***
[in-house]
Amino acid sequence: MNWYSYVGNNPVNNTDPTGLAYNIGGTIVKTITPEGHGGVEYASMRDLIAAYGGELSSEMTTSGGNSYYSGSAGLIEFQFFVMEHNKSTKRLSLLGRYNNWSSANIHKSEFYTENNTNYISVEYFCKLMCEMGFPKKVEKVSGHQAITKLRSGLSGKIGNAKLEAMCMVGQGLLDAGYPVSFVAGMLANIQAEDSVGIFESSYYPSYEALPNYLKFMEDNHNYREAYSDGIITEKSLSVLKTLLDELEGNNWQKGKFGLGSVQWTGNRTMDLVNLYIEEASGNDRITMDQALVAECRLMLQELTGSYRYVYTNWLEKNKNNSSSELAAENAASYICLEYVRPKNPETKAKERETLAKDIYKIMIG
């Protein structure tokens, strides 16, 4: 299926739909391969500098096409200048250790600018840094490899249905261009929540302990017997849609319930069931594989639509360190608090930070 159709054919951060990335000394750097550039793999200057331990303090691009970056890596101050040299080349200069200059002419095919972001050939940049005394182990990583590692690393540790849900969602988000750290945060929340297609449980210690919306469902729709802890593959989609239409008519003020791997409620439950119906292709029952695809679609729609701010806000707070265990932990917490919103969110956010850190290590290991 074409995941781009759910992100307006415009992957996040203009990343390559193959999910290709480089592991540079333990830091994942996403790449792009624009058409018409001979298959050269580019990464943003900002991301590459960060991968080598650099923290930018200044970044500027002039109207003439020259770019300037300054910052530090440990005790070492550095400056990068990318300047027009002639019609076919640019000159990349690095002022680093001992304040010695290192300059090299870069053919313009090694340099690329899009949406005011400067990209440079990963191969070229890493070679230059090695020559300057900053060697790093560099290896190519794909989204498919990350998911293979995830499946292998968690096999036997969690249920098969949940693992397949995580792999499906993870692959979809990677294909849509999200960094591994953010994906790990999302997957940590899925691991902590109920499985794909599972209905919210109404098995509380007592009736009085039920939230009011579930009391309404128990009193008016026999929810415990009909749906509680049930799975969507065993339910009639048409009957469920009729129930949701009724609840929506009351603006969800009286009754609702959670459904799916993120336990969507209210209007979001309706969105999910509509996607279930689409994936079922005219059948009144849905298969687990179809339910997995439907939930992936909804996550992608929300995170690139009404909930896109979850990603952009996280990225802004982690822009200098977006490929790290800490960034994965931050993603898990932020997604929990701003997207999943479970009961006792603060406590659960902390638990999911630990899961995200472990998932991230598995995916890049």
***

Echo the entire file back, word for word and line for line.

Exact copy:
[in-house]
Amino acid sequence: MNWYSYVGNNPVNNTDPTGLAYNIGGTIVKTITPEGHGGVEYASMRDLIAAYGGELSSEMTTSGGNSYYSGSAGLIEFQFFVMEHNKSTKRLSLLGRYNNWSSANIHKSEFYTENNTNYISVEYFCKLMCEMGFPKKVEKVSGHQAITKLRSGLSGKIGNAKLEAMCMVGQGLLDAGYPVSFVAGMLANIQAEDSVGIFESSYYPSYEALPNYLKFMEDNHNYREAYSDGIITEKSLSVLKTLLDELEGNNWQKGKFGLGSVQWTGNRTMDLVNLYIEEASGNDRITMDQALVAECRLMLQELTGSYRYVYTNWLEKNKNNSSSELAAENAASYICLEYVRPKNPETKAKERETLAKDIYKIMIG
């Protein structure tokens, strides 16, 4: 299926739909391969500098096409200048250790600018840094490899249905261009929540302990017997849609319930069931594989639509360190608090930070 159709054919951060990335000394750097550039793999200057331990303090691009970056890596101050040299080349200069200059002419095919972001050939940049005394182990990583590692690393540790849900969602988000750290945060929340297609449980210690919306469902729709802890593959989609239409008519003020791997409620439950119906292709029952695809679609729609701010806000707070265990932990917490919103969110956010850190290590290991 074409995941781009759910992100307006415009992957996040203009990343390559193959999910290709480089592991540079333990830091994942996403790449792009624009058409018409001979298959050269580019990464943003900002991301590459960060991968080598650099923290930018200044970044500027002039109207003439020259770019300037300054910052530090440990005790070492550095400056990068990318300047027009002639019609076919640019000159990349690095002022680093001992304040010695290192300059090299870069053919313009090694340099690329899009949406005011400067990209440079990963191969070229890493070679230059090695020559300057900053060697790093560099290896190519794909989204498919990350998911293979995830499946292998968690096999036997969690249920098969949940693992397949995580792999499906993870692959979809990677294909849509999200960094591994953010994906790990999302997957940590899925691991902590109920499985794909599972209905919210109404098995509380007592009736009085039920939230009011579930009391309404128990009193008016026999929810415990009909749906509680049930799975969507065993339910009639048409009957469920009729129930949701009724609840929506009351603006969800009286009754609702959670459904799916993120336990969507209210209007979001309706969105999910509509996607279930689409994936079922005219059948009144849905298969687990179809339910997995439907939930992936909804996550992608929300995170690139009404909930896109979850990603952009996280990225802004982690822009200098977006490929790290800490960034994965931050993603898990932020997604929990701003997207999943479970009961006792603060406590659960902390638990999911630990899961995200472990998932991230598995995916890049």